It’s probably down to what junior finance minister Jayant Sinha calls Indians’ reluctance to pay taxes. Though they still want to retain the right to complain about how little the government does for its citizens.
As finance minister Arun Jaitley told Hindustan Times on Monday, there is a limit to which an economy can afford exemptions. The government needs money to relieve the stress in the rural sector, it needs money for the pay commission award and the ‘one rank one pension’ principle, and it has to invest in infrastructure projects because the private sector won’t. At the same time, the fiscal deficit targets have to be met lest the rabble rousers overseas should jump at a deviation and denounce India.
Something’s got to give. And the tax on PF is one of the smaller things. But, given the furore, let’s look at it first.
Why tax PF? Economists would put forth the economic wisdom of bringing all retirement schemes on a par, as this newspaper’s editorial does today. Since the National Pension Scheme is taxable, though only partially, so should be the PF. If the new tax on PF drives money into pension funds, so much better for long-term investments.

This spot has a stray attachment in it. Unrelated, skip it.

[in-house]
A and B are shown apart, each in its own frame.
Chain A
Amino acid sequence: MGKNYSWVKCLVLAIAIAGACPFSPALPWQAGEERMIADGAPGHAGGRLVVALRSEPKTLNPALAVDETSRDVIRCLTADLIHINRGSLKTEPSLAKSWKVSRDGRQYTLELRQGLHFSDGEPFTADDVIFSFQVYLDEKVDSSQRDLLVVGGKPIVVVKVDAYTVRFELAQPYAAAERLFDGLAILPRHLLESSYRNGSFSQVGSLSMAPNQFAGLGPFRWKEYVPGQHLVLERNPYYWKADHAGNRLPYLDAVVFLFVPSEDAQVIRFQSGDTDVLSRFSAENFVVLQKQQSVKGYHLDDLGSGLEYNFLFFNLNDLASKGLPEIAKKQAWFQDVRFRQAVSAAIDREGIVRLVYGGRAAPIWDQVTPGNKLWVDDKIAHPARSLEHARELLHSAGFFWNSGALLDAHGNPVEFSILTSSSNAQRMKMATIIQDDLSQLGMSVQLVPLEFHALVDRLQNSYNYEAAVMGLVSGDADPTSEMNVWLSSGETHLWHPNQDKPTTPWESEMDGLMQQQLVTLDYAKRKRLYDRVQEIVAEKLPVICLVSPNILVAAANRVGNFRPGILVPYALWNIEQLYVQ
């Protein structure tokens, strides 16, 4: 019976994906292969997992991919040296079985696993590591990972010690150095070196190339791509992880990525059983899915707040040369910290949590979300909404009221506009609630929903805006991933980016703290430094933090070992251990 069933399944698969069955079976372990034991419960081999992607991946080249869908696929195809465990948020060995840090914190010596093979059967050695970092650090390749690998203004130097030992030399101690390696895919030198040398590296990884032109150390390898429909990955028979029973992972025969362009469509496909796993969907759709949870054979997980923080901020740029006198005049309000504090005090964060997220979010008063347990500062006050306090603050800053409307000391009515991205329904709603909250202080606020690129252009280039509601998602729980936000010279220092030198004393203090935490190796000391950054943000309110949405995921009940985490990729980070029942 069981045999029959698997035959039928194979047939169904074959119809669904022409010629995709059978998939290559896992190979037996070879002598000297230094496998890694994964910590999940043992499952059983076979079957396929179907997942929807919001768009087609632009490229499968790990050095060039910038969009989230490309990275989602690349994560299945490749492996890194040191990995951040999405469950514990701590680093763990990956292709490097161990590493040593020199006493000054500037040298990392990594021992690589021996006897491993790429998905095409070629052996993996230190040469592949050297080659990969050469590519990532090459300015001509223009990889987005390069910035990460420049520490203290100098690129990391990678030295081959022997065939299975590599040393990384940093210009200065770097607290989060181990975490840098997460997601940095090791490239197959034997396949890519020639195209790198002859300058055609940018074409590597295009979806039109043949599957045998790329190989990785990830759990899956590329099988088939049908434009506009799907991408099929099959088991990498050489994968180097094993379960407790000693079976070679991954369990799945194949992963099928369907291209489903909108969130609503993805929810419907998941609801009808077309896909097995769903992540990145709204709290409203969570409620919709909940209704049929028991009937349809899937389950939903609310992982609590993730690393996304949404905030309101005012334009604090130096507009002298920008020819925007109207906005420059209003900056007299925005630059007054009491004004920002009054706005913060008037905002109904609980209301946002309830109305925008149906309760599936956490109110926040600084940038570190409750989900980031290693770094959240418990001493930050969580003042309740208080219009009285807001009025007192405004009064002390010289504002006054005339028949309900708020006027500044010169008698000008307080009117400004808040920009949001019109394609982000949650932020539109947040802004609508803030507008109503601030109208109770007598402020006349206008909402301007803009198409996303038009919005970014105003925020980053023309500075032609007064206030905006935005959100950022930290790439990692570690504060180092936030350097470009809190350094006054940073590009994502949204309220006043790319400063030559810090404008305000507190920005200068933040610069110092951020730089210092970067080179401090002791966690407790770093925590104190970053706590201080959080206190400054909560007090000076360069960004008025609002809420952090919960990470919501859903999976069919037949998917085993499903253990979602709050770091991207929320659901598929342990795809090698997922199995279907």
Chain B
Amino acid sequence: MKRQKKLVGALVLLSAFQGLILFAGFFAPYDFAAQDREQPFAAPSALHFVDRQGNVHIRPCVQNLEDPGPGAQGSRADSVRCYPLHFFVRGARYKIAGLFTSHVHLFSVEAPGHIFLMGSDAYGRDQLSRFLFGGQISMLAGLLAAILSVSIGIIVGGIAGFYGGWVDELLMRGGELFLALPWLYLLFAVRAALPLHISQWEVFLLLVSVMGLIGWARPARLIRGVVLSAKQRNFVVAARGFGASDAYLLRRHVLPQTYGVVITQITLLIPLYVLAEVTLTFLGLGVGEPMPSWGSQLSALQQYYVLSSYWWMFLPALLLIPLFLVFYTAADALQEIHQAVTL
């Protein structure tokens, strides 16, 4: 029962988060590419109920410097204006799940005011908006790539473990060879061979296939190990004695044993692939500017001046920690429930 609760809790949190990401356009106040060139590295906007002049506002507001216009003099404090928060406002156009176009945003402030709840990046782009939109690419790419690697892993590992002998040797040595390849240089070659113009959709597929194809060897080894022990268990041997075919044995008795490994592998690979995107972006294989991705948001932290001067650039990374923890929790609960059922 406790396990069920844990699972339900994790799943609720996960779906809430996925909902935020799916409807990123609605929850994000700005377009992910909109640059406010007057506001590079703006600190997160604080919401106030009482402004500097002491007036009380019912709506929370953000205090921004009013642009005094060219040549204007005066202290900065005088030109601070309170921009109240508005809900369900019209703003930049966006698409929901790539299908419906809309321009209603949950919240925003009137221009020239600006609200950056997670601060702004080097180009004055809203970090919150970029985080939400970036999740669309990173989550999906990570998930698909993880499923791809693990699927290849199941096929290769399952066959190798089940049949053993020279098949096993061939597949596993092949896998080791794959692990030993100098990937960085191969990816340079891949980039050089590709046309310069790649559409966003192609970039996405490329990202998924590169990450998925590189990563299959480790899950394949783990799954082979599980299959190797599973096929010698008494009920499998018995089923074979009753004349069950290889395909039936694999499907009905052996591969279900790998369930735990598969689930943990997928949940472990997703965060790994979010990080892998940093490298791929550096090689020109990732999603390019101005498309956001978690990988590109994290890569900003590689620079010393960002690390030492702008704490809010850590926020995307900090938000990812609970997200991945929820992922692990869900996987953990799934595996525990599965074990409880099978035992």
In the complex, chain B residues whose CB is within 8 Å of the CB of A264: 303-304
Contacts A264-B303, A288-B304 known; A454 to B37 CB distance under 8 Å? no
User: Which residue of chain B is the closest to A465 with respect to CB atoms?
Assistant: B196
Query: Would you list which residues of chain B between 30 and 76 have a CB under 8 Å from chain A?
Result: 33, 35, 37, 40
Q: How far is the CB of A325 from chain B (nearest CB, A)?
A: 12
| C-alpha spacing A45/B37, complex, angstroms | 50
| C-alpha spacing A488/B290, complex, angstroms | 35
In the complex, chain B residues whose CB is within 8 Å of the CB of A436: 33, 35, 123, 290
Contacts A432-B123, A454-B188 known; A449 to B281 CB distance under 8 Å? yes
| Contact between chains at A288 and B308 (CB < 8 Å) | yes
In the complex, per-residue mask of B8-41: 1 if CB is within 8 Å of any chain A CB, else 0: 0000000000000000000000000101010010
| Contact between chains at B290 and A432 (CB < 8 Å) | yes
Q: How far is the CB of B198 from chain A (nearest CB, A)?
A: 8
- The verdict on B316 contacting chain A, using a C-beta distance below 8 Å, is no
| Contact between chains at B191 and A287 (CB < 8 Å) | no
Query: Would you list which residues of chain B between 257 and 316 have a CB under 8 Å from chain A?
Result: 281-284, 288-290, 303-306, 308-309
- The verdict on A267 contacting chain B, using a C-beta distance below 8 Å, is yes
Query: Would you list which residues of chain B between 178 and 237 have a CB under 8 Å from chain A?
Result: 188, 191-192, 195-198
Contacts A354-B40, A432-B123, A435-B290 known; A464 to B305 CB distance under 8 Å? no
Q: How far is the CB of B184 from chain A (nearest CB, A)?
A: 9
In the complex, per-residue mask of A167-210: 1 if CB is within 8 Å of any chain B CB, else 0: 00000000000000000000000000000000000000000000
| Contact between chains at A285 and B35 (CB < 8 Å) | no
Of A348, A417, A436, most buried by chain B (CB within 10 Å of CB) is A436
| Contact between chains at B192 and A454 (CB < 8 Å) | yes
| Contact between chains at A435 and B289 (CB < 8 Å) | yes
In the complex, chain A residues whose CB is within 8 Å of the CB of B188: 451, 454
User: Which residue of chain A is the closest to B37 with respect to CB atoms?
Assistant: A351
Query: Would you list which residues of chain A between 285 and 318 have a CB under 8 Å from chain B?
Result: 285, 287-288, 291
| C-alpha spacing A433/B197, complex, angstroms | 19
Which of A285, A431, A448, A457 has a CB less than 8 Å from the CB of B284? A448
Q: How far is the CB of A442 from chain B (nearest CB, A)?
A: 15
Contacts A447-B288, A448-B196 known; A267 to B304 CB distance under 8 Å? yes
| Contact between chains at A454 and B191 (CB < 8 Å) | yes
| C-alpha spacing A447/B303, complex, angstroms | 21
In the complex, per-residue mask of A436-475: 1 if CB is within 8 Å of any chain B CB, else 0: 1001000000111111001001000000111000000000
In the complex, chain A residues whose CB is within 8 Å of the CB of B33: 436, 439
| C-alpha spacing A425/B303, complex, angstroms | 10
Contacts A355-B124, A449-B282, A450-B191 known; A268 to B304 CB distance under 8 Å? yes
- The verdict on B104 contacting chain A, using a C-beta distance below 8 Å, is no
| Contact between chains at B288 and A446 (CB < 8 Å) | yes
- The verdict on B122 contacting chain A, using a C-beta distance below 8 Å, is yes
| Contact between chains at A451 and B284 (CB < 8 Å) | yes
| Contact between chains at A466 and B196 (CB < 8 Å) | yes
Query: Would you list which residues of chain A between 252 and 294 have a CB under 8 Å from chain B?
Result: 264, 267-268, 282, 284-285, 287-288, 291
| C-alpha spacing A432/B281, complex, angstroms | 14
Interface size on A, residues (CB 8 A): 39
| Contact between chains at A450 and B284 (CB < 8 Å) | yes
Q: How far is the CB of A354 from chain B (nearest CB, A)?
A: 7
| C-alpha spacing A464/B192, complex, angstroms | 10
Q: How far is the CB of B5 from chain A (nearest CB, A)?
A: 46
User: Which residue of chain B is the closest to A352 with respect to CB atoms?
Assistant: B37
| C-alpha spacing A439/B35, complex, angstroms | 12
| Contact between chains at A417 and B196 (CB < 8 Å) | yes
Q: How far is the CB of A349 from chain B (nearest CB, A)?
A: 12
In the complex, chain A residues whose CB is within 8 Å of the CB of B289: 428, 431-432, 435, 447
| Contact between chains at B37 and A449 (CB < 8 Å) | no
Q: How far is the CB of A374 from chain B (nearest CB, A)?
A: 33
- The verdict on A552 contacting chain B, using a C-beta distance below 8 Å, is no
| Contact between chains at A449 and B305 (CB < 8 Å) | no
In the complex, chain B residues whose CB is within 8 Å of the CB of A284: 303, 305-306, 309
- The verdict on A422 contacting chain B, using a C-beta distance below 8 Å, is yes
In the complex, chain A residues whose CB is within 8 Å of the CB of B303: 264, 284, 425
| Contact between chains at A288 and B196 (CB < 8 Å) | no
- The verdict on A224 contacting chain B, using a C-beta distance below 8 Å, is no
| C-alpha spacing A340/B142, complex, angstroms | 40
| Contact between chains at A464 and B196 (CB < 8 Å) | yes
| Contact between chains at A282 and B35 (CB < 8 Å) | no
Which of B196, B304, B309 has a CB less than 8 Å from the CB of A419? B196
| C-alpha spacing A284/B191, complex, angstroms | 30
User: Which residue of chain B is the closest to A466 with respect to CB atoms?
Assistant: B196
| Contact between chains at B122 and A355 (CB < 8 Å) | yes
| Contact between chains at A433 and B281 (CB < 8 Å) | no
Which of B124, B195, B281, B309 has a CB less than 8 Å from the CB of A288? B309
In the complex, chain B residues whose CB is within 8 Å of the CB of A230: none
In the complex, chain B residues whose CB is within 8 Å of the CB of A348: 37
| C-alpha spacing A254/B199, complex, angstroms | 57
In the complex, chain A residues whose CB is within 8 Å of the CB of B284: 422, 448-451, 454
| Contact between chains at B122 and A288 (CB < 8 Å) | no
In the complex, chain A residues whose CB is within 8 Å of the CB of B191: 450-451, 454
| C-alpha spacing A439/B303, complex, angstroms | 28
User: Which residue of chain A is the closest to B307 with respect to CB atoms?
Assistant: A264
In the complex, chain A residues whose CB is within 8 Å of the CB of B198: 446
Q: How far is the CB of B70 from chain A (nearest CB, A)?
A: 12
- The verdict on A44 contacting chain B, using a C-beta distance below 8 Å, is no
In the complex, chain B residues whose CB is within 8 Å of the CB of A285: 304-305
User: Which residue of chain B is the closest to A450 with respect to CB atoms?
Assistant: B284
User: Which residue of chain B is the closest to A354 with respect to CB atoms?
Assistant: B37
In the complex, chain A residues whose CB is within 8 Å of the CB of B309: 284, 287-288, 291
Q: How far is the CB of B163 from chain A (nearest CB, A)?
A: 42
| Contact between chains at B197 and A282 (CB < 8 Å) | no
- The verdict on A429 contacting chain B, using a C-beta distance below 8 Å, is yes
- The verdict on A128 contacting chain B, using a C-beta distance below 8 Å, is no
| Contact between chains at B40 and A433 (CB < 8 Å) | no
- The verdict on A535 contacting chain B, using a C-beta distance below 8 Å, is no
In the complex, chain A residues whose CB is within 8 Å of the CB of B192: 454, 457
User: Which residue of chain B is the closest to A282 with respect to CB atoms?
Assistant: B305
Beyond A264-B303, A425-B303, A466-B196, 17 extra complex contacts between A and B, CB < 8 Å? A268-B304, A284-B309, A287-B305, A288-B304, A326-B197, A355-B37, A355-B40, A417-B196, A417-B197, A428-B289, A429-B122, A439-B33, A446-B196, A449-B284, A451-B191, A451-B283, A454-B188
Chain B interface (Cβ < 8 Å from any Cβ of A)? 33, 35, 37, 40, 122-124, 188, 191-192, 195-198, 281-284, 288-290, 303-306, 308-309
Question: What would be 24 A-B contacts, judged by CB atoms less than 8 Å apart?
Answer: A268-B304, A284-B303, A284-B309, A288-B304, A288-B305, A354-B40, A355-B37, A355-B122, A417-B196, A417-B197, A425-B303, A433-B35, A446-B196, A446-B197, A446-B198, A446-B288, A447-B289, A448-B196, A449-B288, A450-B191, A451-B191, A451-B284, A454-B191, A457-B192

But why not tax PF? It’s money on which you do not pay tax when it comes. It’s money you can take out and spend on whatever you want, be it jewellery or a car. If you don’t want to pay the tax, don’t blow up this money, invest it in annuity schemes.
Some of the vitriol released during the last two days talks about the critical role of the PF money in getting one’s daughter married. The daughters can be married even after paying a little bit of tax, especially now that the government seems to be charging only the interest component, not the principal.
Secondly, the solution to this marrying the daughter challenge lies in social change, not economic. Why does no one get wrinkles over marrying the son? Discard the bride’s-father-pays principle and it will go much farther than not paying taxes on PF.
It’s not that the government is targeting the middle class. The Budget increases the income tax for those earning more than Rs 1 crore, and the tax on dividend of more than Rs 10 lakh. These are bold steps that say the government is not afraid of taking on the moneybags, though they have the power to beat down the Sensex and muddy the waters.
As Sinha says, as a people we have to decide what kind of a society we want. If we want the government to take care of roads, pollution, public transport, and other things, we have to be open to paying taxes. It can’t do that very well now because there’s not enough money to go by. We don’t want the government to abdicate these areas and make do with private or individual means. Now, that will be truly anti-middle class.